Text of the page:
Innovators have short memories
Do you listen to the NBA? Like Marv Albert as a sportscaster? Do you recall his career was "finished" when he was caught in a very compromising situation? Many thought he'd never call major sports again. Yet today he is a fixture. Even Richard Nixon was rehabilitated late in life to become a trusted elder statesman. Why am I spending all of my innovation blog post talking about people who were disgraced and fought their way back to prominence? Because as innovators, we need to adopt the mantra of short memories and redemption, just like these individuals have demonstrated.
We tried that before
Perhaps no statement does more to hamper innovation than the phrase "we tried that before". This phrase is limiting because it suggests that the idea failed previously and doesn't deserve another chance. It demonstrates long memories, resistance to redemption or the recognition that circumstances change, and what may not have worked previously may work in a different time and a different climate. Previous failure does not predict future failure.
We have strange decision making and thinking processes, reinforcing past successes and downplaying past failures as if circumstances and market conditions remain the same. Those forces are in fact changing at ever increasing rates. Ideas and concepts that may have failed in the past may become much more relevant as circumstances change.
Failure is not an option
Another favorite quote, and an enemy of innovation. We tend to remember failures far longer than successes in business. But may "failures" can lead to better ideas and better insights. Rather than branding something a failure, perhaps we should identify it as a learning opportunity and incorporate the learning into new ventures, rather than returning again and again to the fact that something "failed". Ideas fail for many reasons - timing, market sentiment, technology, marketing, channels and many more factors. Any one can cause a "failure" of a viable idea. We need to learn and exercise the power of short memories and understand how to redeem ideas and people who are trying to innovate, in much the same way that Marv Albert or Richard Nixon were habilitated.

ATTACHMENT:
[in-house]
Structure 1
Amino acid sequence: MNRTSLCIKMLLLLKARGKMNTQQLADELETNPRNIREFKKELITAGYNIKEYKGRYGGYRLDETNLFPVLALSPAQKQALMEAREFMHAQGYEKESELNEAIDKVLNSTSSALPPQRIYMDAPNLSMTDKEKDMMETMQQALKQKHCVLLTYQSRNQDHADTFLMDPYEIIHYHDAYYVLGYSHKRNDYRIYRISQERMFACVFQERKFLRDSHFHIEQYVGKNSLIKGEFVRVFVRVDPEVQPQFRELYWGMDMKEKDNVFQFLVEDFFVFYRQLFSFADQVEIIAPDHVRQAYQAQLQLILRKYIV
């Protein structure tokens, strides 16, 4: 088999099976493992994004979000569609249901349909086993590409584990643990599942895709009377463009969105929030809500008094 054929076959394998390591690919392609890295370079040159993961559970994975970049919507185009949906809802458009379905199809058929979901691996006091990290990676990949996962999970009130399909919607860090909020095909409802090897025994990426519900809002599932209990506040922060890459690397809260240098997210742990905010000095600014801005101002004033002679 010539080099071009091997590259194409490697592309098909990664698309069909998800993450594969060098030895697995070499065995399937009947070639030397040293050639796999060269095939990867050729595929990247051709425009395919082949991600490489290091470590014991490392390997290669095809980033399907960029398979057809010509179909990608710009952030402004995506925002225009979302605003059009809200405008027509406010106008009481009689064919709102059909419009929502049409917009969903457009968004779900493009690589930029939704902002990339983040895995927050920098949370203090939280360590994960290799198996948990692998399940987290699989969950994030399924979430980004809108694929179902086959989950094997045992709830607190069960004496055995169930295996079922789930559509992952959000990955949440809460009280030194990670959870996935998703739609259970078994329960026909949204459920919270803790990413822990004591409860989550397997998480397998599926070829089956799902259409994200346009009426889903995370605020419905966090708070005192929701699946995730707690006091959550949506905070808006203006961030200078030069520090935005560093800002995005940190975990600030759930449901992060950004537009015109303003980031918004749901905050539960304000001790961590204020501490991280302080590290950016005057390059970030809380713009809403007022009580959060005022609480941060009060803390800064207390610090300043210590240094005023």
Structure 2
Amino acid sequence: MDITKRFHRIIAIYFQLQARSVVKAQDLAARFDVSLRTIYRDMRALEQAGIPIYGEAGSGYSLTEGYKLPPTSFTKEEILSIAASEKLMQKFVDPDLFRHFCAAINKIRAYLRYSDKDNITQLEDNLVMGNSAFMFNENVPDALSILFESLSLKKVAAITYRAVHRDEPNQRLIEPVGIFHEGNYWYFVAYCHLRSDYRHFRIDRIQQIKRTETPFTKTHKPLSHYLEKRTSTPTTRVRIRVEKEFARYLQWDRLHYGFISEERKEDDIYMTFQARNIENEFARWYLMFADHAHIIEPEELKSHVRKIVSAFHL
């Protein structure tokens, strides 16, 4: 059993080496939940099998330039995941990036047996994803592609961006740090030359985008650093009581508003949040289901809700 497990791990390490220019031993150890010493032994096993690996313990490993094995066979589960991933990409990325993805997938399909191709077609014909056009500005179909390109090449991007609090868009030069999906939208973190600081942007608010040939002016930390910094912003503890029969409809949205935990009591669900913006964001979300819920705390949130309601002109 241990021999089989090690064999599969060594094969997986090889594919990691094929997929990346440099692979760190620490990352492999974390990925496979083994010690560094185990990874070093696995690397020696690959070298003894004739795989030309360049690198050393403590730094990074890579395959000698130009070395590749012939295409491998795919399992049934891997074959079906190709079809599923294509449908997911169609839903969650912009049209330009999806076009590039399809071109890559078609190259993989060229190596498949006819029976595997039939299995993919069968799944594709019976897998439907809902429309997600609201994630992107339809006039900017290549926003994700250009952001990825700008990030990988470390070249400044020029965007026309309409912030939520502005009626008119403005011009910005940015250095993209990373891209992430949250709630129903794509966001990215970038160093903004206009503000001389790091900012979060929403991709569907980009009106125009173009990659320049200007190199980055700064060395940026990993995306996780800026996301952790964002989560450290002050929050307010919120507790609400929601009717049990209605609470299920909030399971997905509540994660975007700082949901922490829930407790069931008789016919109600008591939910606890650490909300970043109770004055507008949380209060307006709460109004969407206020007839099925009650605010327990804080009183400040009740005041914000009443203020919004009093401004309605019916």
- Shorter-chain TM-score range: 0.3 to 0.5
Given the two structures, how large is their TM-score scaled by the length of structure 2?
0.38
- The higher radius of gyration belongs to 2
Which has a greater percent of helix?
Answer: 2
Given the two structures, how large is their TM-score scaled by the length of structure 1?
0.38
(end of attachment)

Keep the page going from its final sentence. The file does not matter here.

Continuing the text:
Einstein was a failure as a youth and could have been easily ignored. He was considered slow in school and was working as a lowly clerk in a patent office when he did his best work. Edison's first major invention was a financial failure, and he went on to be quoted as saying "I have not failed. I've just found 10,000 ways that don't work". This quote is apocryphal, but another similar one isn't: "I am not discouraged because every wrong attempt discarded is another step forward". Edison and Einstein knew that failure wasn't terminal, and that good innovators have short memories.
Unfortunately for innovators and innovation, organizations like elephants have long memories. These are embedded in corporate culture, a pervasive and powerful force. Organizational memory is strongest about failure, and reactionary when failure is revealed and examined. Organizational memory teaches others to avoid incidents, ideas and people that have failed, rather than recognize the power and necessity of short memories. Long memories are valuable when product cycles are long and competition is low. Short memories are important for innovators.
The Lance Armstrong idea
So, what's the current "Lance Armstrong" idea in your business? How do you react to the idea and the people who championed it? This isn't to say that all bad ideas were really good ones - there are after all really bad, noxious ideas. But the real insight is discovering when and why an idea "failed" and understanding how and why it can be rehabilitated or what to learn from it. Innovators need short memories in companies that often value long memories and reactionary thinking.